Unsteady Aerodynamic Uncertainty Quantification of a Blunt-Body Entry Vehicle in Free-Flight

Thumbnail Image
Willier, Brenton J.
Hickey, Alexandra M.
Robertson, Bradford E.
Mavris, Dimitri N.
Associated Organization(s)
Supplementary to
The design process of blunt-body entry vehicles balances atmospheric heating and drag to ensure crucial payloads can safely traverse through entry, descent, and landing. However, the blunt shape leads to a chaotic recirculating wake. Currently, uncertainties in the vehicle design process are captured through scalars and multipliers, and these conservative estimations lead to over-engineered vehicles, reduced payload capacity, and less accurate landings. To supplement the data gathered through physical testing, CFD-in-the-loop free-flight trajectories can be simulated throughout the flight regime. While CFD performance has improved significantly, the number of cases required to produce a meaningful sample for an uncertainty analysis remains computationally intense. Parametric uncertainty can be captured with traditional uncertainty methods like Monte Carlo analysis. However, the non-parametric uncertainty due to the unsteady nature of the chaotic wake has yet to be studied for free-flight analysis. This paper presents and implements an ensemble sampling initialization approach to determine the impact of unsteady wake structures imparted on CFD-in-the-loop data produced using replicated trajectory simulations. To enable this data generation, the Genesis vehicle gridding process is detailed, along with an overview of the free-flight CFD simulation setup for a supersonic flight regime. While running a static unsteady simulation, ten flow fields were saved at various times to capture different instantaneous structures in the wake. After initializing identical free-flight simulations with the ten different flow fields, results of vehicle aerodynamic angles, aerodynamic force and moment coefficients, inertial velocity, and vehicle trajectory in multiple reference frames showed identifiable trends with diverging behavior. The uncertainty on these variables due to unsteady flow is also quantified throughout the motion. It is concluded that this aspect of uncertainty must be carefully considered when CFD-in-the-loop is used to model the flight characteristics of a blunt-body vehicle.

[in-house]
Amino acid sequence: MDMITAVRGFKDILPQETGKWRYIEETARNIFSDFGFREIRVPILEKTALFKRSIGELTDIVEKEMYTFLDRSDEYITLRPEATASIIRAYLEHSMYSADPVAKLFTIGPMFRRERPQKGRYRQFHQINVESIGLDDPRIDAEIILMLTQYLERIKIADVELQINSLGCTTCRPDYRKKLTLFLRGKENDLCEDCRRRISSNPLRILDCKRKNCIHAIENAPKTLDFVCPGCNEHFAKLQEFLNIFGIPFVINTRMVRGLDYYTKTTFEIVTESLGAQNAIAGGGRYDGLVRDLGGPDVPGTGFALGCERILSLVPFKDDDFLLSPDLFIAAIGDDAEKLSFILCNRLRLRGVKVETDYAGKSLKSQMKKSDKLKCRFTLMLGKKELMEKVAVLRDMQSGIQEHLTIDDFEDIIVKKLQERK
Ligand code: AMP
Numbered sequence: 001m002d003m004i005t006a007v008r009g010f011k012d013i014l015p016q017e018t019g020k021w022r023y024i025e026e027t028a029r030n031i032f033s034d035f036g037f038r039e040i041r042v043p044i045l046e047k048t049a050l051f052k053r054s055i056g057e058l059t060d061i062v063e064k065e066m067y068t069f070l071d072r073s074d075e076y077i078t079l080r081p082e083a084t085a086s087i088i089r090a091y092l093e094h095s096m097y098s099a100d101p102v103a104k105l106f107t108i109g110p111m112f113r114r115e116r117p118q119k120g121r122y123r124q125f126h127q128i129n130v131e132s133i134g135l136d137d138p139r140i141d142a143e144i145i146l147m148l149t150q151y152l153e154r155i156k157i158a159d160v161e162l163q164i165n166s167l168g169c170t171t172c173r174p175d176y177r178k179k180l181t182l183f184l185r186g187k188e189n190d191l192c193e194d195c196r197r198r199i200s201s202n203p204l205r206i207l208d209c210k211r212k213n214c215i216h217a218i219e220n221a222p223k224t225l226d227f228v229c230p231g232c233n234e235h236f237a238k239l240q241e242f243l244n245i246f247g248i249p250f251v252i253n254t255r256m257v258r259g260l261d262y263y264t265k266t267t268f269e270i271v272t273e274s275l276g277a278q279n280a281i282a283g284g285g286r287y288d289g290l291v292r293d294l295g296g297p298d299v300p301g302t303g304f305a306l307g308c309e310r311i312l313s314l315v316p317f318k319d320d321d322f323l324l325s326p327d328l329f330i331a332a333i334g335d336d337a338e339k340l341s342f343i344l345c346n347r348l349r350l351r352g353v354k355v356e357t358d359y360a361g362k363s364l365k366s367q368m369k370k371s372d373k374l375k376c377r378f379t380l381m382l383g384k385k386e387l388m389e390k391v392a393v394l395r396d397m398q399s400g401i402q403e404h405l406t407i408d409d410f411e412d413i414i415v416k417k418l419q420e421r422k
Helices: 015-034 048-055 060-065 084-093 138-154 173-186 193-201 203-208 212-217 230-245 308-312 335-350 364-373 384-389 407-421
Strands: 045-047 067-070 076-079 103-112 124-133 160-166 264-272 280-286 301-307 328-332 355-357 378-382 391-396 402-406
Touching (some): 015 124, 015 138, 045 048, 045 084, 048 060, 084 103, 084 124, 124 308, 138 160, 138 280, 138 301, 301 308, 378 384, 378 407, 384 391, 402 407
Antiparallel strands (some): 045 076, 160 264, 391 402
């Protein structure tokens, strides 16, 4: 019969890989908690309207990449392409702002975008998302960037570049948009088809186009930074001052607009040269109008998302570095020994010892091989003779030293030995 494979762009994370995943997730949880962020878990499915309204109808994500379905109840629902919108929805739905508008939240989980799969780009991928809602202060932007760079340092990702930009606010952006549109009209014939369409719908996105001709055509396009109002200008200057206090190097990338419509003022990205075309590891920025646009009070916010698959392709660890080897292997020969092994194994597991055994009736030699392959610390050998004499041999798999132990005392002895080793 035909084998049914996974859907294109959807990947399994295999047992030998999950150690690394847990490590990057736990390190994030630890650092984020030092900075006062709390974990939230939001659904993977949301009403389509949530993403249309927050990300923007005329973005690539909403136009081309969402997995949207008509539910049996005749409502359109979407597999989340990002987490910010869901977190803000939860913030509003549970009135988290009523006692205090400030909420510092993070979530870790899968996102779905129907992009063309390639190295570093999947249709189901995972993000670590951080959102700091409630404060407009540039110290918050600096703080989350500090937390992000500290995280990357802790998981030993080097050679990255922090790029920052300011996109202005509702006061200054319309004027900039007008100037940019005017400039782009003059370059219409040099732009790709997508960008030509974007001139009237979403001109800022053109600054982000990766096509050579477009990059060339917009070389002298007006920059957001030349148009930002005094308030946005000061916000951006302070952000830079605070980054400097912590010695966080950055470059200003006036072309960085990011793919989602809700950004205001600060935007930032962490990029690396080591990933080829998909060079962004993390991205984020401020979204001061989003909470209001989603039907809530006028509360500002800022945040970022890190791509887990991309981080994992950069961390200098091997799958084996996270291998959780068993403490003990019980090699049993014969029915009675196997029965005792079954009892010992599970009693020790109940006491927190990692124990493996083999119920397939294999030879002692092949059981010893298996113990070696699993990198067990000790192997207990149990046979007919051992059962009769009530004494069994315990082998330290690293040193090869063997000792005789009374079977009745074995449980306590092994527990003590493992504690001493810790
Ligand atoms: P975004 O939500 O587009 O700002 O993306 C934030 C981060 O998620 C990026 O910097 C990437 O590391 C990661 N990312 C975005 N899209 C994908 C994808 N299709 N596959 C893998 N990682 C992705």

NASA Early Stage Innovations grant 80NSSC23K0229
Date Issued
Resource Type
Resource Subtype
Rights Statement
Rights URI